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Saturday, 4 March, 2000, 01:26 GMT
Test for Down's 'waste of money'

Ultrasound is as good as blood tests, says research
Hospitals are spending thousands every year on an expensive blood test for Down's syndrome which is no more accurate than a simple ultrasound scan, says research.

Serum screening, the so-called "triple test", has been routinely offered to pregnant women since the early 1990s.

It detects chemicals in the blood which could be a sign of Down's syndrome.

But doctors from a maternity hospital in Southampton have looked closely at how often the test gets the right result.

And their results, published in the British Medical Journal, suggest that the "triple test" is unnecessary.

They found that the normal mid-pregnancy ultrasound scan, which can produce pictures of the baby in the womb, can also pick out in many cases the developing differences between Down's syndrome babies and healthy ones.

Older mums at risk

Older mothers-to-be are more at risk of having a Down's baby, and when the age of the mother was taken into account, an accurate prediction could be made in many more cases than expected.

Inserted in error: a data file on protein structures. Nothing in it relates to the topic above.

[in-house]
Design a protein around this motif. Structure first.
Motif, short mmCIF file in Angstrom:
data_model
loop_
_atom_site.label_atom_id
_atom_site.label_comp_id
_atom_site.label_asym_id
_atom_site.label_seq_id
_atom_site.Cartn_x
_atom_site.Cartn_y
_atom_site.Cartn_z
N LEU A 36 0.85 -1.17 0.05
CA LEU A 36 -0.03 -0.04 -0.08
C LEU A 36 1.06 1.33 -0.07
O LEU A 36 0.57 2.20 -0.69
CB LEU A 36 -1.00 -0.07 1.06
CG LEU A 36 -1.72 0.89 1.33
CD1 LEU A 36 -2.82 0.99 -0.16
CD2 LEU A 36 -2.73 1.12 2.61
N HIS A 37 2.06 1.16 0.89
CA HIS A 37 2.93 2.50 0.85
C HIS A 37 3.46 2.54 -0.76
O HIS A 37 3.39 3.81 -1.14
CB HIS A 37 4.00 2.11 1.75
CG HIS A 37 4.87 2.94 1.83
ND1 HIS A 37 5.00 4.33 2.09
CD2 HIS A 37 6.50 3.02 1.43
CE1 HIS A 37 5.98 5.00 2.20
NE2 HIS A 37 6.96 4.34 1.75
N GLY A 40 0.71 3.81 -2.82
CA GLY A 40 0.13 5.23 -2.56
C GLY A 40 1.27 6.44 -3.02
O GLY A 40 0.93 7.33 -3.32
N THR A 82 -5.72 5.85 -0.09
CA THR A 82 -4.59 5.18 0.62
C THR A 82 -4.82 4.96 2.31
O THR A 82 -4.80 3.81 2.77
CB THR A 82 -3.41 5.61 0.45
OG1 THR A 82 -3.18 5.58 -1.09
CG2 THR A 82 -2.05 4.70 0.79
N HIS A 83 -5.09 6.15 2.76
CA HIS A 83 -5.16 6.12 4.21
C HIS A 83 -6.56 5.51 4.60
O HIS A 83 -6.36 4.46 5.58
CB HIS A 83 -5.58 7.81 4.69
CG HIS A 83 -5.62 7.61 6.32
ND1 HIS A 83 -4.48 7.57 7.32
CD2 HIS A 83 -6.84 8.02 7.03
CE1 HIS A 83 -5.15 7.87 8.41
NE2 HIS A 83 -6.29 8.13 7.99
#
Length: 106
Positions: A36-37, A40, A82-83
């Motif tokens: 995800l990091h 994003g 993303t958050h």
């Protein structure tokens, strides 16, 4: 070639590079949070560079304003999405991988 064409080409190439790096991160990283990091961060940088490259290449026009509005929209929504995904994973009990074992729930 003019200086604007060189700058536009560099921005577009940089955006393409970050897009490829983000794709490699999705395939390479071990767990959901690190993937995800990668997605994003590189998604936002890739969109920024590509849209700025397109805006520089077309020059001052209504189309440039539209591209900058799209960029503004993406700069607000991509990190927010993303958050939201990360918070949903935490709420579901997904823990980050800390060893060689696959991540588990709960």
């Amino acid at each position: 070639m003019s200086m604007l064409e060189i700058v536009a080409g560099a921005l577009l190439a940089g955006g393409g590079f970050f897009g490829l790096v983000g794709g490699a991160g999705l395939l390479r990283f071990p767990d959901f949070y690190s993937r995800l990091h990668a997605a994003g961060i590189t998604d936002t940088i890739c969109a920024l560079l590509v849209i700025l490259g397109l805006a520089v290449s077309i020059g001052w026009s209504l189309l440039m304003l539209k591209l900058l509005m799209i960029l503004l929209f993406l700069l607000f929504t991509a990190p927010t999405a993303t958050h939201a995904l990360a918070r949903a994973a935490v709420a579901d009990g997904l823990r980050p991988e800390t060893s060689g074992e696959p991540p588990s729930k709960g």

Dr David Howe, a consultant in foetal/maternal health at the Princess Anne Hospital in Southampton, said that his unit had now stopped offering the triple test.

If a woman wanted one, he said, she would have to pay for it herself.

Each test is thought to cost the NHS between 15 and 20, and many thousands are carried out each year.

Dr Howe said: "We found the main cost was not so much the money, but the amount of time we were spending explaining the test and its consequences to women.

"It is an extremely complicated test, and we were spending easily 10 or 15 minutes going through it."

The "triple test" became popular after a report in the British Medical Journal in 1992 said that the NHS should ensure that the test was available in every hospital in Britain.

Dr Howe said that the test had never been clinically proven to be better than the alternatives.

He said: "The main reason for writing this is that there are a whole series of tests about to come out that are having no proper controlled studies as to their effectiveness."
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See also:

06 Feb 00 |  Health
Test safer for unborn babies
26 Feb 00 |  Health
Firm rules for pre-natal tests
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